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Common Questions and Answers
We’re in an amazing time right now. As tough as things are, there is still so much opportunity. A professional salesperson can provide a solution for where people are right now, but if you can’t build trust, you won’t succeed.
Most people right now are operating from what we call their “reptilian brain.” They aren’t thinking about the future, which makes it more difficult to build trust. So, how do we build trust with people we don’t know?
There are five steps for building trust that may seem intuitive and obvious. But remember, these are steps, not jumps. One comes after the other. Open your mind, listen with empathy and without judgement, and follow these five steps to build trust with people both professionally and personally.
Look to align yourself with where people are right now. We call this “strategic empathy.” You want people to say, “Me too,” rather than, “So what?”
How do you align with people? First, you can’t skip this step. Many salespeople go straight to Leverage or Solution, which can emotionally separate you from people. You must align with how people feel, by approaching them from an equal posture rather than a superior one. They will believe you want to listen to them because you understand where they’re coming from. They will think, “This person understands me and what matters to me.”
To do this, you must have an intention to be empathetic; you want to share in their emotional experience. You show that you care enough about a stranger that you want to go through what they’re going through. Now you share an equal posture with them.
These are some additional points for Alignment:
If the five steps of building trust require 100% of your effort, Alignment is 30%. It’s vital that you establish an empathetic, equal position to the people you’re engaging.
Now that you are aligned with your audience, it’s important to support what you’re talking about with data, research, and proof. You gain stability by approaching your position from a logical perspective. People don’t need much.
Once you’ve established your proposition from a vantage point of logic, it’s time to move on. Remember it can get boring to try and sell psychological concepts like conditioning, behavioral consistency, self-efficacy, goal setting, etc. Hit a couple of key points supported by the logic of irrefutable data.
Logic accounts for 10% of building trust.
Leverage is the emotional element of building trust. People make purchase decisions based on emotions that are justified by Logic and Alignment. They justify “emotional reasons to buy now” (ERBN). This is the point where we move from pain to pleasure. Pain has been utilized in your empathetic journey with a client through Alignment and Logic. You have laid the foundation for trust. Now, you can leverage a shift from what has been painful to your client to a pleasurable outcome with your solution.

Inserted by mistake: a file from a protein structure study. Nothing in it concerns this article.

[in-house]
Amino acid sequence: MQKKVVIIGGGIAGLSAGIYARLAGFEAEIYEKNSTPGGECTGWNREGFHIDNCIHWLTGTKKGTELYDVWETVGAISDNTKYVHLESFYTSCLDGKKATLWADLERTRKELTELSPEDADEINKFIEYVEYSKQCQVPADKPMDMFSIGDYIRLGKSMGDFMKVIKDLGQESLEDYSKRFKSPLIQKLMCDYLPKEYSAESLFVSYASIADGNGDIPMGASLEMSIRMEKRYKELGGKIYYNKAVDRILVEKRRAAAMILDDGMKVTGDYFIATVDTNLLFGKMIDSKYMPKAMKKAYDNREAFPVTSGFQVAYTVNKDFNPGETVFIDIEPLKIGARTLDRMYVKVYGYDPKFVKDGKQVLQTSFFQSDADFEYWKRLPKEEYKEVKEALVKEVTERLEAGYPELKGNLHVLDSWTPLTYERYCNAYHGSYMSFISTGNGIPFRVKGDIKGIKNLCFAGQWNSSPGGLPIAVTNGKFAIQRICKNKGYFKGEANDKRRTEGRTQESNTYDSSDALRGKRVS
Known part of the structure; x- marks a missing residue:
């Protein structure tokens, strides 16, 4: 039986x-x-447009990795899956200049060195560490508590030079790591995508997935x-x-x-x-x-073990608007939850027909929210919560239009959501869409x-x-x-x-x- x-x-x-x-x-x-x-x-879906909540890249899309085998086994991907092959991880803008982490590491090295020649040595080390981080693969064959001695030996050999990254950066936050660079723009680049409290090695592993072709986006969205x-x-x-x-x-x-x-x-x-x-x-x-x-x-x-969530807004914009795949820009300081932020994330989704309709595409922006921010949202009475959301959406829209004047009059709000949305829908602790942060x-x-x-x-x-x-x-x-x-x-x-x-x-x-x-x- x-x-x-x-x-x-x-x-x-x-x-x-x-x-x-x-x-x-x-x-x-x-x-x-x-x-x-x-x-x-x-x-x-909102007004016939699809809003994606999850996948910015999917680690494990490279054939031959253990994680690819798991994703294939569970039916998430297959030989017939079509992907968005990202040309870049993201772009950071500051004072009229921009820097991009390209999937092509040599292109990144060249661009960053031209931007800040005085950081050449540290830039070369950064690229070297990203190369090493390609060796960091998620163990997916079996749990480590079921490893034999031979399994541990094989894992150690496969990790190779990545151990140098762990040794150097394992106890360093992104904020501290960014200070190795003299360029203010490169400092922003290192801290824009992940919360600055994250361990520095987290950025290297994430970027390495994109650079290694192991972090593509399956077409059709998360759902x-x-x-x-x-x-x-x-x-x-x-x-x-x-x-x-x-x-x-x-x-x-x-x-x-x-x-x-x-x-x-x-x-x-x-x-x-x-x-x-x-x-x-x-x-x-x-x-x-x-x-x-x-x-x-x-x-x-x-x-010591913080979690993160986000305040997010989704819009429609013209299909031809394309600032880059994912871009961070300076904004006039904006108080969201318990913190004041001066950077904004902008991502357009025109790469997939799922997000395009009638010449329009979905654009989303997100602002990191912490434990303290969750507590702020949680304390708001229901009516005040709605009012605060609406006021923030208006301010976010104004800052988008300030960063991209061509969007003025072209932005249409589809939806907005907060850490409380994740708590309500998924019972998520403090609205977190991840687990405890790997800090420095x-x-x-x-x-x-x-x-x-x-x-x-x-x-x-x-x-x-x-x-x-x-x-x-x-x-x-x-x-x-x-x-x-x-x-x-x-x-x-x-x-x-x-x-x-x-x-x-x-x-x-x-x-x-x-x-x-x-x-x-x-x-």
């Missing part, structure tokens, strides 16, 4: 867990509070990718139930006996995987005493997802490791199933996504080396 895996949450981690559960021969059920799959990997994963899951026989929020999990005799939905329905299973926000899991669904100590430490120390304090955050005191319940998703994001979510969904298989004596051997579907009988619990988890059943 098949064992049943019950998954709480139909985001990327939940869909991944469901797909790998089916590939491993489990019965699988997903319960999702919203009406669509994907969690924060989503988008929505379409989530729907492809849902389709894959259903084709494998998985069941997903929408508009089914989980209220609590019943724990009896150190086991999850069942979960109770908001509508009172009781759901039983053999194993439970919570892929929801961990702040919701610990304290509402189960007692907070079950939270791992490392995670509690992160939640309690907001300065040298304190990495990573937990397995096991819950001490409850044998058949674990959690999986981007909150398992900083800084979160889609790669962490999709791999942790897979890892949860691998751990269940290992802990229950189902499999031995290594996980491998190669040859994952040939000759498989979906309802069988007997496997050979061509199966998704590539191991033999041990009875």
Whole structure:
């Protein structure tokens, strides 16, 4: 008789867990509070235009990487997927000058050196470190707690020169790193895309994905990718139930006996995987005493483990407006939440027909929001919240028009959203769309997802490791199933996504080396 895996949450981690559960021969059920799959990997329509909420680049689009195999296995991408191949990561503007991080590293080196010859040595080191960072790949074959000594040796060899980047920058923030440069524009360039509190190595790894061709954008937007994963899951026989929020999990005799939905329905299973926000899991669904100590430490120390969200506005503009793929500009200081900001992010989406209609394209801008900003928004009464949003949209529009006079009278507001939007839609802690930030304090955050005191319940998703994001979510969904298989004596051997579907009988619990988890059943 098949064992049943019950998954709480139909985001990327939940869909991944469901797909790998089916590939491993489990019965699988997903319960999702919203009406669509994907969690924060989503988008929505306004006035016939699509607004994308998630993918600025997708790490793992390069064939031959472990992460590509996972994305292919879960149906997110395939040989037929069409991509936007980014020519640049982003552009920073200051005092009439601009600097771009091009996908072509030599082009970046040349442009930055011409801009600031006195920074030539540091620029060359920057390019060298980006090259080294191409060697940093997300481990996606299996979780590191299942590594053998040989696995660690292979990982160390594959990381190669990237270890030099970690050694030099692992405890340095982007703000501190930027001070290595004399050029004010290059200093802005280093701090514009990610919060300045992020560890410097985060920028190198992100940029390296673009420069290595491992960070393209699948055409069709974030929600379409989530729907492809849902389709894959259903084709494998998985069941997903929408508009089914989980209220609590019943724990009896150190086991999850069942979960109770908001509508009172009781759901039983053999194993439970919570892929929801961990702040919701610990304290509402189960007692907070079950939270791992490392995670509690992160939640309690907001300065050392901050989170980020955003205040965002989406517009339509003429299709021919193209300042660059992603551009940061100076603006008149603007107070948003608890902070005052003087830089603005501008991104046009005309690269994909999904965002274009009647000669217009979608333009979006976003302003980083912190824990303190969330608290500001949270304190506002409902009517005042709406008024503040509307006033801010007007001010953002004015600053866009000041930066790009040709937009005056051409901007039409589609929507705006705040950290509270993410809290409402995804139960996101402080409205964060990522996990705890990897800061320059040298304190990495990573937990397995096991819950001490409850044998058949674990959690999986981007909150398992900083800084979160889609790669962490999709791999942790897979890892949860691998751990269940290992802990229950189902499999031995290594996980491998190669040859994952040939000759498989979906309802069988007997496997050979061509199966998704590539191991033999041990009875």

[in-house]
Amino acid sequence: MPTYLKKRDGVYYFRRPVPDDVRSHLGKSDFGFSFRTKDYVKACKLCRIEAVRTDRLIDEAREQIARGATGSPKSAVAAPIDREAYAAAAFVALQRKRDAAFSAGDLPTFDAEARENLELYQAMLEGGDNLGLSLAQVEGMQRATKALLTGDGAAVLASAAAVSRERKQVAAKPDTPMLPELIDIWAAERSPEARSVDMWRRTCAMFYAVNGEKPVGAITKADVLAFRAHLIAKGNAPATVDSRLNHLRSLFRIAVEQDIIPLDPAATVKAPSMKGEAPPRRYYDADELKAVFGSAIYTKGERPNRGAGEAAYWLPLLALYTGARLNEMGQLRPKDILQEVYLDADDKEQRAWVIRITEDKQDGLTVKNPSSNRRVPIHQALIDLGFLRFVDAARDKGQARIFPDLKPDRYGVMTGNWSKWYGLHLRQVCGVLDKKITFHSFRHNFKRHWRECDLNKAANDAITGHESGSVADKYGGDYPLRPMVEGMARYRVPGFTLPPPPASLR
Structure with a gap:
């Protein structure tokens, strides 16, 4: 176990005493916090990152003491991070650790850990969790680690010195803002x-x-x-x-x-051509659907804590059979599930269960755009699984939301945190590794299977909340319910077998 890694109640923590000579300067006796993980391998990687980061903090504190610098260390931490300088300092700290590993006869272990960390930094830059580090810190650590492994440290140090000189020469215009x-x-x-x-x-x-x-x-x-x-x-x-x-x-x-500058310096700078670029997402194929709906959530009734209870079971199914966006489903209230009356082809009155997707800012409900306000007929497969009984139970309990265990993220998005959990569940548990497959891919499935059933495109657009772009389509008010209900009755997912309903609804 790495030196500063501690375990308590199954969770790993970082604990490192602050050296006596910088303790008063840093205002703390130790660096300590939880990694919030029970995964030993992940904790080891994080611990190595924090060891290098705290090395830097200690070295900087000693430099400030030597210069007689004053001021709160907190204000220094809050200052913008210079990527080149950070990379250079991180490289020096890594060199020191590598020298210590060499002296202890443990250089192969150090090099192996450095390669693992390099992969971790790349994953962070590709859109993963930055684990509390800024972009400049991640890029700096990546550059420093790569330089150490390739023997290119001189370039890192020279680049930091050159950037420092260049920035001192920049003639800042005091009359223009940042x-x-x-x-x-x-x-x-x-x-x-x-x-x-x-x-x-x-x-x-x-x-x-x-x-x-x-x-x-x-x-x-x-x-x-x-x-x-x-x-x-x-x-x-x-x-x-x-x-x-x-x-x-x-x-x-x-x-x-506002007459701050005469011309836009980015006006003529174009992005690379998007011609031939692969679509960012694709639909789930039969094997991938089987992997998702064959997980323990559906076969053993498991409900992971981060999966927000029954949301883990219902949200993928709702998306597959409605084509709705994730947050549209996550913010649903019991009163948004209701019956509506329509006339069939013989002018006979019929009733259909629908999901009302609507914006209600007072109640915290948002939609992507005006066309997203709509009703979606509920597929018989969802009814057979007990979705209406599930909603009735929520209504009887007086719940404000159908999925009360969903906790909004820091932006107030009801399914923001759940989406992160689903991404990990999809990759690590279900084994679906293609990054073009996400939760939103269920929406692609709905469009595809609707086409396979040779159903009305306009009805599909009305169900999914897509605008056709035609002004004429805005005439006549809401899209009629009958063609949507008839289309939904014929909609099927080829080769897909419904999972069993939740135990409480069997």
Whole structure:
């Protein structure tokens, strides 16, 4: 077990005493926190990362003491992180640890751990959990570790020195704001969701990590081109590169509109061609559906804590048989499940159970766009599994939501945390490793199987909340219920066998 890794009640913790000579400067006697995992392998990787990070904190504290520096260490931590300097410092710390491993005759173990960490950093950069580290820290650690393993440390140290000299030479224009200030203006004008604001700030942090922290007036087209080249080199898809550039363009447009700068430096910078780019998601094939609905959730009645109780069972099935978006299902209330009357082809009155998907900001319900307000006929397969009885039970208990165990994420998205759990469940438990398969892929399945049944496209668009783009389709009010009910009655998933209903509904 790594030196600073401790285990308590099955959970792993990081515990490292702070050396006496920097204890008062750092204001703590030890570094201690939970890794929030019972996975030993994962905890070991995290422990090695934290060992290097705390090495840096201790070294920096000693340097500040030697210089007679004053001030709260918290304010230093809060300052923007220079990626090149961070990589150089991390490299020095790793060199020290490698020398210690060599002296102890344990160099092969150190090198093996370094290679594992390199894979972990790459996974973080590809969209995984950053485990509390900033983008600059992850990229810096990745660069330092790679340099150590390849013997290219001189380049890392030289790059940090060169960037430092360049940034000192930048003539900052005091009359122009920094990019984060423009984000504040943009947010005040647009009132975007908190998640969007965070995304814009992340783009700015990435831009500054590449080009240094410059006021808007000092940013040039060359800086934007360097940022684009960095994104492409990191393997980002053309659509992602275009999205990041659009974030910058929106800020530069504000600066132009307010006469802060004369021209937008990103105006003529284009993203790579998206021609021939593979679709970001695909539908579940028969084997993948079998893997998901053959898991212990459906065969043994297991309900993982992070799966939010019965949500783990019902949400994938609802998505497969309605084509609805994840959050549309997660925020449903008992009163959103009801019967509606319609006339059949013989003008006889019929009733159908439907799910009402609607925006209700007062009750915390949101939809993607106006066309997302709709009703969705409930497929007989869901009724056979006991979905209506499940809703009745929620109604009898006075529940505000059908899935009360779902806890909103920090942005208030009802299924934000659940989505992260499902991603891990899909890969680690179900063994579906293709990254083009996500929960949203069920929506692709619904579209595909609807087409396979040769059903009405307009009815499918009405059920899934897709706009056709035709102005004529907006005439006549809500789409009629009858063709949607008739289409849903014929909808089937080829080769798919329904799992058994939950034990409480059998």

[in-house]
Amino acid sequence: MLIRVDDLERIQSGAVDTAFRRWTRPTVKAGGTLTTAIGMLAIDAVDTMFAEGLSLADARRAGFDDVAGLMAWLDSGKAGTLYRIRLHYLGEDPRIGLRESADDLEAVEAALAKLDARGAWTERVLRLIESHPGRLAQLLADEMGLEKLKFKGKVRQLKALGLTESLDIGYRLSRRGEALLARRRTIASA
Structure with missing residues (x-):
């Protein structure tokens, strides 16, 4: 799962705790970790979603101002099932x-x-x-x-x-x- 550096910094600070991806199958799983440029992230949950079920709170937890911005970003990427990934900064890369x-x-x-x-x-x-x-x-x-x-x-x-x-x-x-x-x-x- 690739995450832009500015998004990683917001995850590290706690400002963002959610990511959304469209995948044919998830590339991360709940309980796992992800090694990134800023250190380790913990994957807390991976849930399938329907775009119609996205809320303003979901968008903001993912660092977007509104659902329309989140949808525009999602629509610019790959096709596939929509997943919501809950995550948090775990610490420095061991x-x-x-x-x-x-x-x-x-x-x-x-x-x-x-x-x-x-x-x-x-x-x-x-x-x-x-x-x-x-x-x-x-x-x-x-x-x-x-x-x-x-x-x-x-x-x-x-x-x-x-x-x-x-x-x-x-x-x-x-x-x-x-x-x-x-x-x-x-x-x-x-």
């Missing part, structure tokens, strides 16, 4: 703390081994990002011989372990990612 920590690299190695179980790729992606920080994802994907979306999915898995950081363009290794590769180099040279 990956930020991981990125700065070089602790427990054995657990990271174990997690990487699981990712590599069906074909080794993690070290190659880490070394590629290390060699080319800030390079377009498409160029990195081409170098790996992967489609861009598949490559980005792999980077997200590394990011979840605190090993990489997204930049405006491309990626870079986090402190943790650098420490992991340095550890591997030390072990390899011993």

Here’s an example: Let’s say a school system is trying to re-open. You don’t want to go in with your proposition and say how great it’s going to be. It’s unrealistic. You will have no alignment with your audience, and any logic you present will not resonate honesty and truthfully.
You can better leverage their emotions by starting from an aspect of pain. In this example, you talk about what might be painful in reopening – sick kids and sick parents. Start by hitting points where it may hurt and you know you can all agree on (now that you’re aligned, right?). Now, move the proposition to something positive and pleasurable – to being a school system that gets kids back in school safely and successfully. You’ve now leveraged them away from pain toward pleasure.
Leverage accounts for 30% of building trust.
This is where most salespeople start and why most salespeople fail. If you’ve followed all of these five steps, the solution will be a no-brainer. You’ve aligned with how they’re feeling from an intention of true empathy and sharing an equal posture. You’ve provided researched, valid data to support your position from a perspective of logic. You’ve gained emotional congruity by leveraging their emotions from a position of pain to pleasure.
You now present a successful solution aligned with your clients from a position of trust. This is 20% of building trust, but you’re not done yet!
If you’ve been doing the math, you know the five steps to building trust is 90% complete. Commitment is only 10% of building trust, because the hard work is already done. Assume you’ve already made the sale. Ask if there are any questions and go back to an element you may have missed. You can now focus on the outcome on which you and your client are already aligned.
If you follow these five steps in order, you will build trust with people. You will never have to use a “hard sell”. Why? Because you already sold it.
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